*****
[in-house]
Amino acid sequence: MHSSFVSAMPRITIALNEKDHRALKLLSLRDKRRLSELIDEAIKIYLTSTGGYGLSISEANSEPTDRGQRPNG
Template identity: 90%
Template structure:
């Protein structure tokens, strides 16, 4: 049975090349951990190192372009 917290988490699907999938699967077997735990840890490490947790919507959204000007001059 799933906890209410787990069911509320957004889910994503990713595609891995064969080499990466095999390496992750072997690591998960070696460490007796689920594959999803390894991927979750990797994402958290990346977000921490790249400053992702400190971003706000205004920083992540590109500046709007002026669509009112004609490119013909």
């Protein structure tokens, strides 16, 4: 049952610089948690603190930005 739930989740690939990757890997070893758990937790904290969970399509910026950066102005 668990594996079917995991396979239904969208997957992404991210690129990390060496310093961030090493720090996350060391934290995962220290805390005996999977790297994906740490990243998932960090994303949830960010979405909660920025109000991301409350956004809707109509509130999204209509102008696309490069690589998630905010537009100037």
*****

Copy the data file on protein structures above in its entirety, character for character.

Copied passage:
[in-house]
Amino acid sequence: MHSSFVSAMPRITIALNEKDHRALKLLSLRDKRRLSELIDEAIKIYLTSTGGYGLSISEANSEPTDRGQRPNG
Template identity: 90%
Template structure:
């Protein structure tokens, strides 16, 4: 049975090349951990190192372009 917290988490699907999938699967077997735990840890490490947790919507959204000007001059 799933906890209410787990069911509320957004889910994503990713595609891995064969080499990466095999390496992750072997690591998960070696460490007796689920594959999803390894991927979750990797994402958290990346977000921490790249400053992702400190971003706000205004920083992540590109500046709007002026669509009112004609490119013909």
């Protein structure tokens, strides 16, 4: 049952610089948690603190930005 739930989740690939990757890997070893758990937790904290969970399509910026950066102005 668990594996079917995991396979239904969208997957992404991210690129990390060496310093961030090493720090996350060391934290995962220290805390005996999977790297994906740490990243998932960090994303949830960010979405909660920025109000991301409350956004809707109509509130999204209509102008696309490069690589998630905010537009100037």